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Recreation is key to corrections process

Liberia’s Assistant Justice Minister for Correction and Rehabilitation, Eddie S. Tarawali stands with correction officers and inmates at the Monrovia Central Prison (South Beach).

Liberia’s Assistant Justice Minister for Corrections and Rehabilitations, Eddie S. Tarawali, says recreational activities are important to corrections as prisoners at the Monrovia Central Prison (South Beach) begin week and a half sports recreation activities.

Speaking yesterday during the official kick-off of the league, Assistant Justice Tarawali notes that recreations in any prison facility are very important.

He says those kinds of interactions among prisoners will help reduce their stress level and make them feel a part of society despite the actions that led them to prison.

“So for us who believe in humanity, we think it is important to reintroduce and incubate the process where the young people at various prisons will have such a program”, he adds.

According to the youthful Assistant Minister, as part of the prison management, recreational activities make those who have gone for corrections due to ill habits in society to realize the true meaning of corrections.

Tarawali promises that he and his team of correction officers will ensure that those activities are frequently held in all of the prison facilities in Liberia.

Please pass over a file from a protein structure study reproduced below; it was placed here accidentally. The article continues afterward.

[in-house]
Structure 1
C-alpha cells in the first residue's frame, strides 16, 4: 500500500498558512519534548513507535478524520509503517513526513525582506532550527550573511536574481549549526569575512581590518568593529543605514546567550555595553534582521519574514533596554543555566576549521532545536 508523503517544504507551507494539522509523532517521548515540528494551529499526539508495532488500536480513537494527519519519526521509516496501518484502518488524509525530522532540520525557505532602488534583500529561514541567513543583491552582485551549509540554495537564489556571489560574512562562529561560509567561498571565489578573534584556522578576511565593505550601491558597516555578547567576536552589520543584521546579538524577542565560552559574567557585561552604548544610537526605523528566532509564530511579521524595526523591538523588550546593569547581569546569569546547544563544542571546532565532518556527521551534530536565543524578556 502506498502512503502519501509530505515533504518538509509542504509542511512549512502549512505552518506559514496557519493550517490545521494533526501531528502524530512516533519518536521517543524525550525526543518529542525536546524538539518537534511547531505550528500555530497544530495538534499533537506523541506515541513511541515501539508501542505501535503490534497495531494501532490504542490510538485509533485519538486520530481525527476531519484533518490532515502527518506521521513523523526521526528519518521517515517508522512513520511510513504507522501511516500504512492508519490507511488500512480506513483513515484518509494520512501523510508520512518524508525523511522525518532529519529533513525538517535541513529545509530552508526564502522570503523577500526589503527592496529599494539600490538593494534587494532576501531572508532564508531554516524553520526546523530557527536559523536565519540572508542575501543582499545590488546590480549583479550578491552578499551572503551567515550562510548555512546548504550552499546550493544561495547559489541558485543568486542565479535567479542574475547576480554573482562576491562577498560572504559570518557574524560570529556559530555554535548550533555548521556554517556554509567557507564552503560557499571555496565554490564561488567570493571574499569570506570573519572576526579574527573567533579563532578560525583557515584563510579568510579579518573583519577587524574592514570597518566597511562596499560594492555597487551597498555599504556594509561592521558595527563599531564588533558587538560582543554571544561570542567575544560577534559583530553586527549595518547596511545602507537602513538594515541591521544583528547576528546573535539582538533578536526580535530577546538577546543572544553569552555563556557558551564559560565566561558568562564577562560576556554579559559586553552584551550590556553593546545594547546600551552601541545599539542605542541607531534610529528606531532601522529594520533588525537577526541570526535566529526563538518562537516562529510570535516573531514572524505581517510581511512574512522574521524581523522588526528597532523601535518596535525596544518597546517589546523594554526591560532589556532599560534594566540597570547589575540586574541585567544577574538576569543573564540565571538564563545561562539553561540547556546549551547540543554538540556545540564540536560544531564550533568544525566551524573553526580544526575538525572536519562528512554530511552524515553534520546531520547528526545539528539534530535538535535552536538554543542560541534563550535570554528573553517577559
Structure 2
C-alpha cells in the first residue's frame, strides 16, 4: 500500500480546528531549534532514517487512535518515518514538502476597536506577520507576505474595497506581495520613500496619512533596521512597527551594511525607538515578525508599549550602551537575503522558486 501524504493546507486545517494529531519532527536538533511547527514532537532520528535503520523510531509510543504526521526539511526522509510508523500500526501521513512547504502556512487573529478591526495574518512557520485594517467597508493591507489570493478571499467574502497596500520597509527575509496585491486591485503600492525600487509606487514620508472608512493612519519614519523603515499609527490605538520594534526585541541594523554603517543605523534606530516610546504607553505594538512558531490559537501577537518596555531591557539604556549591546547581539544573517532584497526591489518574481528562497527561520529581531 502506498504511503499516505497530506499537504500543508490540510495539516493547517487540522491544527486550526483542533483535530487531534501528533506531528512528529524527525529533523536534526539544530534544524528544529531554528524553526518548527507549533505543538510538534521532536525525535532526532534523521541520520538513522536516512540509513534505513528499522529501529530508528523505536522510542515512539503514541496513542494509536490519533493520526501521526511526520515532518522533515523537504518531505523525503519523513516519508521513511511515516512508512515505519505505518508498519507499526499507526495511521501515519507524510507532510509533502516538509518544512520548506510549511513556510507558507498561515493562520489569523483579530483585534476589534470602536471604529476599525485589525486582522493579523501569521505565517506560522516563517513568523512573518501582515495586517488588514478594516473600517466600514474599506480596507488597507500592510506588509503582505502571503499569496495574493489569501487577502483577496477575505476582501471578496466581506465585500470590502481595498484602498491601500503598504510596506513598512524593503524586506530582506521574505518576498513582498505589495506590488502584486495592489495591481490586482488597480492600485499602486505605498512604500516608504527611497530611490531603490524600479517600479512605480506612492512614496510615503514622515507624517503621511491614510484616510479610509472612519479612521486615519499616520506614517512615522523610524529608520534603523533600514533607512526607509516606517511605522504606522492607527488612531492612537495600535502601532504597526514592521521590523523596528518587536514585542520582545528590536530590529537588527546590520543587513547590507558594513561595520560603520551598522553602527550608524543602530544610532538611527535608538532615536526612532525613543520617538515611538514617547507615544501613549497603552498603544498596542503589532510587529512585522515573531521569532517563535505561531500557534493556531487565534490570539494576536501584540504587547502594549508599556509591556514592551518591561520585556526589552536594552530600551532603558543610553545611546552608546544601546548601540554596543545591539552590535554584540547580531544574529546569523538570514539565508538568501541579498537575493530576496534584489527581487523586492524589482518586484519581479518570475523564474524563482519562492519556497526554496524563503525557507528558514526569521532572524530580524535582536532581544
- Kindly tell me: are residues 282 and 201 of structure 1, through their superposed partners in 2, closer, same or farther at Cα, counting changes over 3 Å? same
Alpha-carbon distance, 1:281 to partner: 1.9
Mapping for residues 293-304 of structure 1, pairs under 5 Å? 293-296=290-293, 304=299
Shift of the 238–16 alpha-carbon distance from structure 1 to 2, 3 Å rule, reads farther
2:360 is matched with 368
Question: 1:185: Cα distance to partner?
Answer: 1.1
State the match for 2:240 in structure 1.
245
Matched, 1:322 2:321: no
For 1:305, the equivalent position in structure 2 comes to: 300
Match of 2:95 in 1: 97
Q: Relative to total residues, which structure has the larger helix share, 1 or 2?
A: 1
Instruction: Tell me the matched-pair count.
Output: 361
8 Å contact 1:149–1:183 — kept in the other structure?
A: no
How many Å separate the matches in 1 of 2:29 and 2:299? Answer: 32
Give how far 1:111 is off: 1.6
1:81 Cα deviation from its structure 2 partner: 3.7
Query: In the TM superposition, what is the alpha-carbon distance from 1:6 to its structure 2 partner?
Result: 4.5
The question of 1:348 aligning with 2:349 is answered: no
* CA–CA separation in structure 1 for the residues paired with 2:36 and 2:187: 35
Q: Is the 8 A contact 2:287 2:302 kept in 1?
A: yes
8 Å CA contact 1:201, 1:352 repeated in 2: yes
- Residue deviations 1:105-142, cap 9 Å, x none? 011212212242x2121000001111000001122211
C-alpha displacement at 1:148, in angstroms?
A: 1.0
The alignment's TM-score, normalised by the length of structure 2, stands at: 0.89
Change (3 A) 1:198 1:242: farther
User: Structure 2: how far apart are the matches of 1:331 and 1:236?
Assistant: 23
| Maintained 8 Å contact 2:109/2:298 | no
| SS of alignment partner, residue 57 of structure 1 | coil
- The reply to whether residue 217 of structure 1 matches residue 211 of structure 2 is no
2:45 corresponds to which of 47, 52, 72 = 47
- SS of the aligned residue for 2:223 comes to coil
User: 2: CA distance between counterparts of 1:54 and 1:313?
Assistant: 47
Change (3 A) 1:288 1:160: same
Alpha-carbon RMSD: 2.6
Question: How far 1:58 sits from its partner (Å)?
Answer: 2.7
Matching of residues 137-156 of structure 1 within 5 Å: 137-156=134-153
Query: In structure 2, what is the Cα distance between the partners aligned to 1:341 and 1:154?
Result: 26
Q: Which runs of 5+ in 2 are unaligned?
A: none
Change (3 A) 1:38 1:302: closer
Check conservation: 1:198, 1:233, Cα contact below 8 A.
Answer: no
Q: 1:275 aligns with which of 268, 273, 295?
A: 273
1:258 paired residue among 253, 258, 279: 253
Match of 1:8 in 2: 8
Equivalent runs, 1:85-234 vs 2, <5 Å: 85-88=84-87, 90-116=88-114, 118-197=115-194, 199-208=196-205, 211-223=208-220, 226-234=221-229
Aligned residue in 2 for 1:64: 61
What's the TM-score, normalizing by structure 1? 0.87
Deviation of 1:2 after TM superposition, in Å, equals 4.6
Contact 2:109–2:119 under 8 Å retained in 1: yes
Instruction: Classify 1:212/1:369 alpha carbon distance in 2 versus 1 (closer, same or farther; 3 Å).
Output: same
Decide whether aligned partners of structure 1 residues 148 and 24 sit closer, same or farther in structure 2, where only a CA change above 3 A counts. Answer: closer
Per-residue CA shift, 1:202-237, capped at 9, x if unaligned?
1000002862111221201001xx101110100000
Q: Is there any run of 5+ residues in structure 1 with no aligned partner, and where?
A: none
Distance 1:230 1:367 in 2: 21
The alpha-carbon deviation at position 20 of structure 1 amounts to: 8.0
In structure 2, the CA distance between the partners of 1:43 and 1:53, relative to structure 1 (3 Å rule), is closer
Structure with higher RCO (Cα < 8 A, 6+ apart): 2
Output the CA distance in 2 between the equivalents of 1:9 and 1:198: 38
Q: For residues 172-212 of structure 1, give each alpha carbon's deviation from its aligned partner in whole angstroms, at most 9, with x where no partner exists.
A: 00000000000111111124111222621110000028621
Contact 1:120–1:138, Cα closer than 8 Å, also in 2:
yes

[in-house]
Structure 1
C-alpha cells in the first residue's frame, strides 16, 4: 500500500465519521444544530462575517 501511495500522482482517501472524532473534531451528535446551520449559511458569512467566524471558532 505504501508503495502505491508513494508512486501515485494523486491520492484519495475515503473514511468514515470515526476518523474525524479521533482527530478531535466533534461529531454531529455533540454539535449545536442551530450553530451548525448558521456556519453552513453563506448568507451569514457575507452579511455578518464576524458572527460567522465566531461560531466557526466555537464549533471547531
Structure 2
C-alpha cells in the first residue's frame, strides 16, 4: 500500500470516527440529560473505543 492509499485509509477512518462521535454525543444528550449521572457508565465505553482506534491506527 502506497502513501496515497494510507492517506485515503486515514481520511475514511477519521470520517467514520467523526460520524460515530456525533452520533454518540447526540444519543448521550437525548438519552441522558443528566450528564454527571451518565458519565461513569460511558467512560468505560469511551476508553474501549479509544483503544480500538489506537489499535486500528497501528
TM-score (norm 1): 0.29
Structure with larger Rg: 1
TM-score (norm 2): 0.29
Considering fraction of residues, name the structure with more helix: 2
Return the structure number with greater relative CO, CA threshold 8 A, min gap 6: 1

“Again, over the period of time, it has been speculated that people who are considered as inmates are also considered social dropouts as a result of the social dropout conditions, society has stigmatized them as well as the prison facility, we have come to demystify that”, Minister Tarawali says.

During the kick-off of the bloc league at the South Beach, the Correction Minister told the inmates that they as policy makers will ensure that the right conditions are provided for inmates to known the real reasons of going to jail.

“When you leave from here, you need to leave with skills in you so that you can contribute to the development of Liberia and form part of Liberia’s generation of leaders you came here [with] for corrections”.

Speaking earlier, the Superintendent of the South Beach Prison, Varney Lake says the league forms part of their work to see how best they can have unity among their workforce and inmates.

He explains that male inmates and correction officers will play among themselves while female correction officers and female inmates will have a showcase as well.

According to Mr. Lake, they are expected to extend the league to other prisons in the country, something he said is in the best interest of the work they do as correction officers.

Prisoners from blocs spied through tiny windows to get a look at their colleagues who were allowed during the kickoff of the games.

-Editing by Jonathan Browne

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